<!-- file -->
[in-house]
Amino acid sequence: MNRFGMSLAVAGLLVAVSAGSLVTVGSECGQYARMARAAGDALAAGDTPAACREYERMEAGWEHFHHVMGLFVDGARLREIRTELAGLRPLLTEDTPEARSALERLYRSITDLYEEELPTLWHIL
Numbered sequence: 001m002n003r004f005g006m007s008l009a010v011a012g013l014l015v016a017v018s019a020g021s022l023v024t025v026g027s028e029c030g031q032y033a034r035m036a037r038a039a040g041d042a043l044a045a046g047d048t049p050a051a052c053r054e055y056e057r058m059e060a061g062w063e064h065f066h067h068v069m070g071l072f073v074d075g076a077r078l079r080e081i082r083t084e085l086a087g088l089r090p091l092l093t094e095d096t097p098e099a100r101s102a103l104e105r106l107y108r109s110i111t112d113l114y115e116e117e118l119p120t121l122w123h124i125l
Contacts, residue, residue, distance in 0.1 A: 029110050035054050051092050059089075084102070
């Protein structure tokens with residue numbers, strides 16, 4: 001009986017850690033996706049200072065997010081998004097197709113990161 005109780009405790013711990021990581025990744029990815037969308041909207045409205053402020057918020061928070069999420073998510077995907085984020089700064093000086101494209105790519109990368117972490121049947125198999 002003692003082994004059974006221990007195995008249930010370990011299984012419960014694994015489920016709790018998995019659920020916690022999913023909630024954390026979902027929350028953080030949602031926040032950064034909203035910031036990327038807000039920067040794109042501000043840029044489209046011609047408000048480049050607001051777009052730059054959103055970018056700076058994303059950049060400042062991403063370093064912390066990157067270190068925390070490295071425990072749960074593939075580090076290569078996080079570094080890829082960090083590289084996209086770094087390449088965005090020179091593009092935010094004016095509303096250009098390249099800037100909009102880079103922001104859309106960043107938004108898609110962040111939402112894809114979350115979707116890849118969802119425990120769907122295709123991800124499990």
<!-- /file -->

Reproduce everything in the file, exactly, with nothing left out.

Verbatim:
[in-house]
Amino acid sequence: MNRFGMSLAVAGLLVAVSAGSLVTVGSECGQYARMARAAGDALAAGDTPAACREYERMEAGWEHFHHVMGLFVDGARLREIRTELAGLRPLLTEDTPEARSALERLYRSITDLYEEELPTLWHIL
Numbered sequence: 001m002n003r004f005g006m007s008l009a010v011a012g013l014l015v016a017v018s019a020g021s022l023v024t025v026g027s028e029c030g031q032y033a034r035m036a037r038a039a040g041d042a043l044a045a046g047d048t049p050a051a052c053r054e055y056e057r058m059e060a061g062w063e064h065f066h067h068v069m070g071l072f073v074d075g076a077r078l079r080e081i082r083t084e085l086a087g088l089r090p091l092l093t094e095d096t097p098e099a100r101s102a103l104e105r106l107y108r109s110i111t112d113l114y115e116e117e118l119p120t121l122w123h124i125l
Contacts, residue, residue, distance in 0.1 A: 029110050035054050051092050059089075084102070
């Protein structure tokens with residue numbers, strides 16, 4: 001009986017850690033996706049200072065997010081998004097197709113990161 005109780009405790013711990021990581025990744029990815037969308041909207045409205053402020057918020061928070069999420073998510077995907085984020089700064093000086101494209105790519109990368117972490121049947125198999 002003692003082994004059974006221990007195995008249930010370990011299984012419960014694994015489920016709790018998995019659920020916690022999913023909630024954390026979902027929350028953080030949602031926040032950064034909203035910031036990327038807000039920067040794109042501000043840029044489209046011609047408000048480049050607001051777009052730059054959103055970018056700076058994303059950049060400042062991403063370093064912390066990157067270190068925390070490295071425990072749960074593939075580090076290569078996080079570094080890829082960090083590289084996209086770094087390449088965005090020179091593009092935010094004016095509303096250009098390249099800037100909009102880079103922001104859309106960043107938004108898609110962040111939402112894809114979350115979707116890849118969802119425990120769907122295709123991800124499990």